Incorporating elements like dust, sand and pigments in his art allowed Tàpies to reproduce and thereby capture reality. Impressions from the civil war in Spain would lastingly inform his painterly practice. Walls, which are the primal carrier of memory to Tàpies were particularly charged through the cruelty and suffocation that they witnessed taking place on the streets of the country. Exposed to the bareness and nakedness of the human condition through his deeply personal and traumatising experience of an adolescence surrounded by violence, Tàpies would develop an individualist artistic approach that whilst informed by Art Informel and related to Abstract Expressionism would ultimately defy categorisation through its sober profundity.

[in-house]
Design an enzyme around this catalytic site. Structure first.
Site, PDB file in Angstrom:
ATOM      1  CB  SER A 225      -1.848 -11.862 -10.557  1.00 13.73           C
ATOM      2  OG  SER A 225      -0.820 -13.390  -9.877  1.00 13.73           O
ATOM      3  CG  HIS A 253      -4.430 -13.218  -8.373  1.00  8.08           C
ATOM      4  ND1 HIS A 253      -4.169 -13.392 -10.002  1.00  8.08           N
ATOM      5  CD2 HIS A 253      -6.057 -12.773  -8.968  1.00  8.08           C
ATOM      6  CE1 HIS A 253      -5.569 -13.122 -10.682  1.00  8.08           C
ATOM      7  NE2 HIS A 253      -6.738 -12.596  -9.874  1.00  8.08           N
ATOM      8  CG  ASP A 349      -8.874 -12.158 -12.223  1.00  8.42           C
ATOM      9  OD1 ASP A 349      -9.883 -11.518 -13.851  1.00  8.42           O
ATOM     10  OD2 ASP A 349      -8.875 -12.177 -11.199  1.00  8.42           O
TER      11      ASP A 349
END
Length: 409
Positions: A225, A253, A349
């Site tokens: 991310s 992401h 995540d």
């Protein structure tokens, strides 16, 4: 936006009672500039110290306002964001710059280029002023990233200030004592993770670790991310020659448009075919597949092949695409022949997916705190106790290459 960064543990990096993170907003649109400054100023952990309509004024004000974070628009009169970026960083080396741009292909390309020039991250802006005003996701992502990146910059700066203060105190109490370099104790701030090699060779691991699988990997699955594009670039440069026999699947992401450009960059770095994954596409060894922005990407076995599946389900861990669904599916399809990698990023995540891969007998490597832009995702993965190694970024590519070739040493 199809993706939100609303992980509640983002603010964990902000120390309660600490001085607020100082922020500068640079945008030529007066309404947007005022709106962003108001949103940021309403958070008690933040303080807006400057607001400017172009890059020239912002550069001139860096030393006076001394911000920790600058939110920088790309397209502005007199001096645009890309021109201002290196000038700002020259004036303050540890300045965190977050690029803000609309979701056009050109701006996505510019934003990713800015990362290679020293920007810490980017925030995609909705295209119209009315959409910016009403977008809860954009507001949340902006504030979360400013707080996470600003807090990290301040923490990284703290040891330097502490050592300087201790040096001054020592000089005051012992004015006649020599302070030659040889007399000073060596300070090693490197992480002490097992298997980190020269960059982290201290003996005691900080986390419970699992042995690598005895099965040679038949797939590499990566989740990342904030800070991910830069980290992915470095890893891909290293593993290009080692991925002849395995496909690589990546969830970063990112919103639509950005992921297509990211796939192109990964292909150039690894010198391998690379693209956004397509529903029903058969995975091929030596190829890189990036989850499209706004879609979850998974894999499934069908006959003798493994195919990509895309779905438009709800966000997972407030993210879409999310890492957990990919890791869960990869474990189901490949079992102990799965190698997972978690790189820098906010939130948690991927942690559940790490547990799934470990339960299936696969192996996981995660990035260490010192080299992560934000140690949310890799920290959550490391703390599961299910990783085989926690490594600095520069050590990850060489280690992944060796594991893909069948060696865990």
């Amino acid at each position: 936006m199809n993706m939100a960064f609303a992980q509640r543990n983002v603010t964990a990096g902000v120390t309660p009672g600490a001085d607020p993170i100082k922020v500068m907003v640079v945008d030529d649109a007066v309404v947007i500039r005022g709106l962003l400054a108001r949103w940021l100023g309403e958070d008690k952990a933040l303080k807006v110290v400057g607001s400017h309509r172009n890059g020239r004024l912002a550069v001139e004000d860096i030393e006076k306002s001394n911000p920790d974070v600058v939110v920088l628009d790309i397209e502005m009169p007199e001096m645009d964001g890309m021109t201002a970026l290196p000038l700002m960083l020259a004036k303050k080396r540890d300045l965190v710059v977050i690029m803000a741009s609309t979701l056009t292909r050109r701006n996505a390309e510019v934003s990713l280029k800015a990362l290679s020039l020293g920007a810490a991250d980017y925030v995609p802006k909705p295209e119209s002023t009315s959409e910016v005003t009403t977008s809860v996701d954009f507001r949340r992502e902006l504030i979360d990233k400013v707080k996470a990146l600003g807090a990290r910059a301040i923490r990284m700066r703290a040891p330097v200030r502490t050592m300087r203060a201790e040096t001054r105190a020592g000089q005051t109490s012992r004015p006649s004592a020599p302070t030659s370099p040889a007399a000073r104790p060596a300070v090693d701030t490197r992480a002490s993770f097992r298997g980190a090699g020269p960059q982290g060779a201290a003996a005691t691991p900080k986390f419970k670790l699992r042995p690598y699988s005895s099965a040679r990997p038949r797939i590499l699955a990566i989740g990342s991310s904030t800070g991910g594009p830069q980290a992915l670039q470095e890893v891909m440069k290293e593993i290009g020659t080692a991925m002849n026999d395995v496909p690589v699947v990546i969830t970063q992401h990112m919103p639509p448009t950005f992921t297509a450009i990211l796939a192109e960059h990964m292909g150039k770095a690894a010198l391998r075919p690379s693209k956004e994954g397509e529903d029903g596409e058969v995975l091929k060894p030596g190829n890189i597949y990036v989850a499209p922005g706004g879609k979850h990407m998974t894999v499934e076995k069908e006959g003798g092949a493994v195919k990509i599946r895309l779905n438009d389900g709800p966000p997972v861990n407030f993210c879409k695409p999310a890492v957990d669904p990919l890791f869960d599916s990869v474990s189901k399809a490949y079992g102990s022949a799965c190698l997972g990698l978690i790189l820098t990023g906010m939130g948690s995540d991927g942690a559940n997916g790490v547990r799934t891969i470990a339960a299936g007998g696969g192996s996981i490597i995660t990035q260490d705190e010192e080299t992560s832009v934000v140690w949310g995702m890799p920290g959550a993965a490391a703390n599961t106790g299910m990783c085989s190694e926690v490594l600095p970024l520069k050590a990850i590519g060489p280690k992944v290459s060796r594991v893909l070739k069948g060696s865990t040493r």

Oval de Vernís is an atmospheric variant of the Matter Paintings rendered in grey and yellow. Three decontextualised crosses vertically aligned intersect the washed yellow plain that is enveloped by a somber and seemingly diaphanous grey. Characteristic of Tàpies, there is no legend to access the mystics of the work or an invitation to comprehend its symbolism and the viewer is left to explore the beguiling texture of the work. Oval de Vernís captivates the viewer’s gaze primarily thanks to the mesmerising roundness resulting from the colour choice enacted on the impasto, whilst the glossy veneer of the varnish creates a fetishistic surface that immediately entrances and attracts. The deliberate decision to execute a painting freed from associational implication results from Tàpies’ quest for truth and his high expectation towards the viewer: “A picture… is a door that leads to another door... The truth we seek will never be found in a picture: it will only appear behind the last door that the viewer succeeds in opening by his own efforts” (Antoni Tàpies cited in: Exh. Cat., New York, Solomon R. Guggenheim Museum, Tàpies, 1995, p. 36).
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